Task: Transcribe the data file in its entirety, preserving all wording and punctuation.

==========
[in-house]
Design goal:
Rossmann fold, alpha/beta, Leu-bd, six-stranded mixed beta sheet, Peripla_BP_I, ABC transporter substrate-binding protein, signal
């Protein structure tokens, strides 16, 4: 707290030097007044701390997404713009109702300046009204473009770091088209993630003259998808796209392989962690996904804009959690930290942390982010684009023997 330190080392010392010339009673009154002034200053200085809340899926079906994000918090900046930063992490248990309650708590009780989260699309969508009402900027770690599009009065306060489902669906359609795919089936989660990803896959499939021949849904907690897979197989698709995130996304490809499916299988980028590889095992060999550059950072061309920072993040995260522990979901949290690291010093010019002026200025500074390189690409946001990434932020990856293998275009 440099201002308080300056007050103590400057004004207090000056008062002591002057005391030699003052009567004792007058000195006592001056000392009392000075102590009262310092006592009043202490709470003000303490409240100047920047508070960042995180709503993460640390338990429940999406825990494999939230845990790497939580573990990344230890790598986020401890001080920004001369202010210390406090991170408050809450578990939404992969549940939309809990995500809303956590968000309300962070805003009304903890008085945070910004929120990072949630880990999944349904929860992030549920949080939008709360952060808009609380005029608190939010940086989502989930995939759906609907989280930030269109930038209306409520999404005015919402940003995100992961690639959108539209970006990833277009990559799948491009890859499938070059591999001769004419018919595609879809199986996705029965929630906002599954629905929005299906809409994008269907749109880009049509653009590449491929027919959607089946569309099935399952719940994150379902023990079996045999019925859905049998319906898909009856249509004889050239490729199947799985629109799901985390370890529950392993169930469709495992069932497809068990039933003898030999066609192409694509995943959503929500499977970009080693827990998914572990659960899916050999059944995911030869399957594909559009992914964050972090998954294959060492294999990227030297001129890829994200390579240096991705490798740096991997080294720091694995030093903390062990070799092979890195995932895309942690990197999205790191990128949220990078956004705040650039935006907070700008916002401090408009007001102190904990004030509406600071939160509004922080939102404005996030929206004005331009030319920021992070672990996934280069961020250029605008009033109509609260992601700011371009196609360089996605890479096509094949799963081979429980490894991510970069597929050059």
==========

[in-house]
Design goal:
Rossmann fold, alpha/beta, Leu-bd, six-stranded mixed beta sheet, Peripla_BP_I, ABC transporter substrate-binding protein, signal
């Protein structure tokens, strides 16, 4: 707290030097007044701390997404713009109702300046009204473009770091088209993630003259998808796209392989962690996904804009959690930290942390982010684009023997 330190080392010392010339009673009154002034200053200085809340899926079906994000918090900046930063992490248990309650708590009780989260699309969508009402900027770690599009009065306060489902669906359609795919089936989660990803896959499939021949849904907690897979197989698709995130996304490809499916299988980028590889095992060999550059950072061309920072993040995260522990979901949290690291010093010019002026200025500074390189690409946001990434932020990856293998275009 440099201002308080300056007050103590400057004004207090000056008062002591002057005391030699003052009567004792007058000195006592001056000392009392000075102590009262310092006592009043202490709470003000303490409240100047920047508070960042995180709503993460640390338990429940999406825990494999939230845990790497939580573990990344230890790598986020401890001080920004001369202010210390406090991170408050809450578990939404992969549940939309809990995500809303956590968000309300962070805003009304903890008085945070910004929120990072949630880990999944349904929860992030549920949080939008709360952060808009609380005029608190939010940086989502989930995939759906609907989280930030269109930038209306409520999404005015919402940003995100992961690639959108539209970006990833277009990559799948491009890859499938070059591999001769004419018919595609879809199986996705029965929630906002599954629905929005299906809409994008269907749109880009049509653009590449491929027919959607089946569309099935399952719940994150379902023990079996045999019925859905049998319906898909009856249509004889050239490729199947799985629109799901985390370890529950392993169930469709495992069932497809068990039933003898030999066609192409694509995943959503929500499977970009080693827990998914572990659960899916050999059944995911030869399957594909559009992914964050972090998954294959060492294999990227030297001129890829994200390579240096991705490798740096991997080294720091694995030093903390062990070799092979890195995932895309942690990197999205790191990128949220990078956004705040650039935006907070700008916002401090408009007001102190904990004030509406600071939160509004922080939102404005996030929206004005331009030319920021992070672990996934280069961020250029605008009033109509609260992601700011371009196609360089996605890479096509094949799963081979429980490894991510970069597929050059």